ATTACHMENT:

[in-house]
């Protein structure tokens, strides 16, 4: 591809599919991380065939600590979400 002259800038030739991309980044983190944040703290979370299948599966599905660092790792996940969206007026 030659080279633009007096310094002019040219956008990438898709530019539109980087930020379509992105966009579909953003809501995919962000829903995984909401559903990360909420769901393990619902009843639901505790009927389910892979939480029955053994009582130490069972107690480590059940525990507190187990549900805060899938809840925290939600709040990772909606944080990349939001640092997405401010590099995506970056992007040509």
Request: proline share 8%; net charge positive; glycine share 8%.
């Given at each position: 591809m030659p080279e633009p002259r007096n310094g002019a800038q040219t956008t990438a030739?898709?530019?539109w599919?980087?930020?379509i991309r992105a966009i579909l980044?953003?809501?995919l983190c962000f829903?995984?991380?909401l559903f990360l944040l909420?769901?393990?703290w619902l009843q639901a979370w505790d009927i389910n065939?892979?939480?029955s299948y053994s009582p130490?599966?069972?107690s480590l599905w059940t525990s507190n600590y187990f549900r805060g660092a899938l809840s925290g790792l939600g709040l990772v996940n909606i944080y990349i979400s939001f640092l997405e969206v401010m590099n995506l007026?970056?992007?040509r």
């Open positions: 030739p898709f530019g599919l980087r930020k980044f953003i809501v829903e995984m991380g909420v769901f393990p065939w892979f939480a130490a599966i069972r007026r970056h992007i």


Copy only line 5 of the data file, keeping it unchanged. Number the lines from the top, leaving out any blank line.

């Open positions: 030739p898709f530019g599919l980087r930020k980044f953003i809501v829903e995984m991380g909420v769901f393990p065939w892979f939480a130490a599966i069972r007026r970056h992007i």